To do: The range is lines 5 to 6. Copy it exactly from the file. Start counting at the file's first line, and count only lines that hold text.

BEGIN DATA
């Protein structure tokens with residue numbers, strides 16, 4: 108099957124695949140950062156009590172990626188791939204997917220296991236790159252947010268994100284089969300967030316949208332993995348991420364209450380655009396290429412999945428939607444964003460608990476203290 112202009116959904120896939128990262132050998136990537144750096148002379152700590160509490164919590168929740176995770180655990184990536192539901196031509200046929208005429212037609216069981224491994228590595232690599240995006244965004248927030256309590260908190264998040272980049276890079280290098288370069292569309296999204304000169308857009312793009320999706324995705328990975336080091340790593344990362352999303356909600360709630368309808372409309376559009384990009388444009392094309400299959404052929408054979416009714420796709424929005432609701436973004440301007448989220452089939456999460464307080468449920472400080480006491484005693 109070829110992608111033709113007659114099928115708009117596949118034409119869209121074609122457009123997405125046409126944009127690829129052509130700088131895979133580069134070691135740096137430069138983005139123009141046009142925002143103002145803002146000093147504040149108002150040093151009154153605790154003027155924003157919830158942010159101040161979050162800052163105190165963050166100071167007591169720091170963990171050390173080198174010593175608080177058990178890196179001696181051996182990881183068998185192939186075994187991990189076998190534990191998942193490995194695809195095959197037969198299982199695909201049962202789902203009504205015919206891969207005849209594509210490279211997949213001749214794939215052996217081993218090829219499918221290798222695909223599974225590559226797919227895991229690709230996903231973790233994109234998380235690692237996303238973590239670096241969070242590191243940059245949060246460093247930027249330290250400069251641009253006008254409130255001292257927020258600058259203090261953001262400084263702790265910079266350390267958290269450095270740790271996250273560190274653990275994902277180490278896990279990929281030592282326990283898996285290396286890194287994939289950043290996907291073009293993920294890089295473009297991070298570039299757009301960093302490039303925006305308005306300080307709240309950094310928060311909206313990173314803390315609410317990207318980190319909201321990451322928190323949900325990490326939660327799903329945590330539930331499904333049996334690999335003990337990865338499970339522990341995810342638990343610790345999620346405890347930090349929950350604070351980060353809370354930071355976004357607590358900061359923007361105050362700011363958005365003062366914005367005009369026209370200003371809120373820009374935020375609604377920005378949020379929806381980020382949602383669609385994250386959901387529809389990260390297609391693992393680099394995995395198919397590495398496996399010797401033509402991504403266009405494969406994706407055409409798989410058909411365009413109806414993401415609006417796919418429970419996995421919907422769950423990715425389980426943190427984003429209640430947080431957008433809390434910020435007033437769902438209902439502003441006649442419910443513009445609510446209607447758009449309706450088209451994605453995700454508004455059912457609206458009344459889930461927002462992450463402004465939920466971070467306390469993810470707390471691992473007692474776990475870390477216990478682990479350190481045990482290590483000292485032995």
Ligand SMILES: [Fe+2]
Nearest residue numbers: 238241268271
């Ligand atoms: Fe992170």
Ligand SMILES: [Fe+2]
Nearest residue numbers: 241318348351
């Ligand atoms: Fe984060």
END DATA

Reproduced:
Ligand SMILES: [Fe+2]
Nearest residue numbers: 241318348351